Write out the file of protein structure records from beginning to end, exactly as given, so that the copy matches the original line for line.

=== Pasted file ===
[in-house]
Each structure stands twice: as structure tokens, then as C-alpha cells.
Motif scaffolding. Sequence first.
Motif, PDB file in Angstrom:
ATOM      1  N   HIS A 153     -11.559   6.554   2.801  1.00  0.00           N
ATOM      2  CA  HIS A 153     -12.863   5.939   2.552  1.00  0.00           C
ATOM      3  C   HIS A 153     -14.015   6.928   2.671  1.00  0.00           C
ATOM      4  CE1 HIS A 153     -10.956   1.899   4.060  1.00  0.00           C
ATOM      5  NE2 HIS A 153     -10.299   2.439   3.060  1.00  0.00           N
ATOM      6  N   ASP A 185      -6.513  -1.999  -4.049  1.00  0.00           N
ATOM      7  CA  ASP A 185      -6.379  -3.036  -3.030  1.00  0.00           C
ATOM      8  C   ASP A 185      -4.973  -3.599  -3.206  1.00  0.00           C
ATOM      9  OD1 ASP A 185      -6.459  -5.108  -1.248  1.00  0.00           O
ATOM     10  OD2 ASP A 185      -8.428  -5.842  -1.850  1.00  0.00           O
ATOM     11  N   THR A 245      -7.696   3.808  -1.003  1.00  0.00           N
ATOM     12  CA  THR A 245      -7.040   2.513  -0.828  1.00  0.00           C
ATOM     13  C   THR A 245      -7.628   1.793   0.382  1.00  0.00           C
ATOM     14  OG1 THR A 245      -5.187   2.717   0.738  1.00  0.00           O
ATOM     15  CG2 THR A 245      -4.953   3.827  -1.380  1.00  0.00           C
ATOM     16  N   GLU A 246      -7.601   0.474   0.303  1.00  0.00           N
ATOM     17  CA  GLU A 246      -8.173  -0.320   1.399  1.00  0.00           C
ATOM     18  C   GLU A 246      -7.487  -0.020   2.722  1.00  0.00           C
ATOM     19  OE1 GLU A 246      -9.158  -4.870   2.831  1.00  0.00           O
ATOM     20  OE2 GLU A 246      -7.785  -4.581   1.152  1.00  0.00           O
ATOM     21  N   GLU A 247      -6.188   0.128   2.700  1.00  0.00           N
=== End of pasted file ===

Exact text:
[in-house]
Each structure stands twice: as structure tokens, then as C-alpha cells.
Motif scaffolding. Sequence first.
Motif, PDB file in Angstrom:
ATOM      1  N   HIS A 153     -11.559   6.554   2.801  1.00  0.00           N
ATOM      2  CA  HIS A 153     -12.863   5.939   2.552  1.00  0.00           C
ATOM      3  C   HIS A 153     -14.015   6.928   2.671  1.00  0.00           C
ATOM      4  CE1 HIS A 153     -10.956   1.899   4.060  1.00  0.00           C
ATOM      5  NE2 HIS A 153     -10.299   2.439   3.060  1.00  0.00           N
ATOM      6  N   ASP A 185      -6.513  -1.999  -4.049  1.00  0.00           N
ATOM      7  CA  ASP A 185      -6.379  -3.036  -3.030  1.00  0.00           C
ATOM      8  C   ASP A 185      -4.973  -3.599  -3.206  1.00  0.00           C
ATOM      9  OD1 ASP A 185      -6.459  -5.108  -1.248  1.00  0.00           O
ATOM     10  OD2 ASP A 185      -8.428  -5.842  -1.850  1.00  0.00           O
ATOM     11  N   THR A 245      -7.696   3.808  -1.003  1.00  0.00           N
ATOM     12  CA  THR A 245      -7.040   2.513  -0.828  1.00  0.00           C
ATOM     13  C   THR A 245      -7.628   1.793   0.382  1.00  0.00           C
ATOM     14  OG1 THR A 245      -5.187   2.717   0.738  1.00  0.00           O
ATOM     15  CG2 THR A 245      -4.953   3.827  -1.380  1.00  0.00           C
ATOM     16  N   GLU A 246      -7.601   0.474   0.303  1.00  0.00           N
ATOM     17  CA  GLU A 246      -8.173  -0.320   1.399  1.00  0.00           C
ATOM     18  C   GLU A 246      -7.487  -0.020   2.722  1.00  0.00           C
ATOM     19  OE1 GLU A 246      -9.158  -4.870   2.831  1.00  0.00           O
ATOM     20  OE2 GLU A 246      -7.785  -4.581   1.152  1.00  0.00           O
ATOM     21  N   GLU A 247      -6.188   0.128   2.700  1.00  0.00           N